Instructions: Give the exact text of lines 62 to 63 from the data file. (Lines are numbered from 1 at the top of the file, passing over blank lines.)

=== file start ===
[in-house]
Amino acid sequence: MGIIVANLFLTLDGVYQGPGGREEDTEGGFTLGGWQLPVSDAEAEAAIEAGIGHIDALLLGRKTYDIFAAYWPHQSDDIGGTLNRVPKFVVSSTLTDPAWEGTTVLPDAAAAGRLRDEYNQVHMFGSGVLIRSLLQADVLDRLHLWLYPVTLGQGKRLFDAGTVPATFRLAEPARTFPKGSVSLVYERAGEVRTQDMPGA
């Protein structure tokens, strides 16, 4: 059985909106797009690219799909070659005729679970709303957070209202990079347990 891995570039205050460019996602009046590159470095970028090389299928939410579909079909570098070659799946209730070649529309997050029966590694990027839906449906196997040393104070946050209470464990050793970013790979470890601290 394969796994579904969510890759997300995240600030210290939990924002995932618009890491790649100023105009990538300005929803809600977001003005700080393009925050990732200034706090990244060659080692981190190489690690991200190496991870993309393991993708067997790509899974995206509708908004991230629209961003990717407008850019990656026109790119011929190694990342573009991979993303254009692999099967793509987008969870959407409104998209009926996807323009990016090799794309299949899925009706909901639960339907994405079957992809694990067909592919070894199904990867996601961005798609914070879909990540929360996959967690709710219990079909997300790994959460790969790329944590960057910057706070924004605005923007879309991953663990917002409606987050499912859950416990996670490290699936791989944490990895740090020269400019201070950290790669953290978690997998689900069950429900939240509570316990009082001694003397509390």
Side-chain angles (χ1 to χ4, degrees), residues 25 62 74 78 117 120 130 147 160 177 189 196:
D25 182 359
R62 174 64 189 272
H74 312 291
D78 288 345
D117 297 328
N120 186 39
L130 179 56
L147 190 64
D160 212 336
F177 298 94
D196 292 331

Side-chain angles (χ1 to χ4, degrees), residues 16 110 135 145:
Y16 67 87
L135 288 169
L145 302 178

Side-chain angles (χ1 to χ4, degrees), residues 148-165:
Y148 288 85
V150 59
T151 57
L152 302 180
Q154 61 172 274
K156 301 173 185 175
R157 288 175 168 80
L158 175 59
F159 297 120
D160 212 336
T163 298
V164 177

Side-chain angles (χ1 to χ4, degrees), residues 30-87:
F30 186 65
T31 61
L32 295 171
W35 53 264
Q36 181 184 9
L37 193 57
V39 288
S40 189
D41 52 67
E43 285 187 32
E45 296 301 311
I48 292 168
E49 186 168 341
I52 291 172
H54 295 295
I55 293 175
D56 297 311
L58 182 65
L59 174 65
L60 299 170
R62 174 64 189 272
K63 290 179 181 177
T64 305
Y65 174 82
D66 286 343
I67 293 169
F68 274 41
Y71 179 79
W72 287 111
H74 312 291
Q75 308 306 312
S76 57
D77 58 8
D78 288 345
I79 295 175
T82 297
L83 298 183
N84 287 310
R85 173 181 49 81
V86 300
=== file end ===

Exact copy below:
W72 287 111
H74 312 291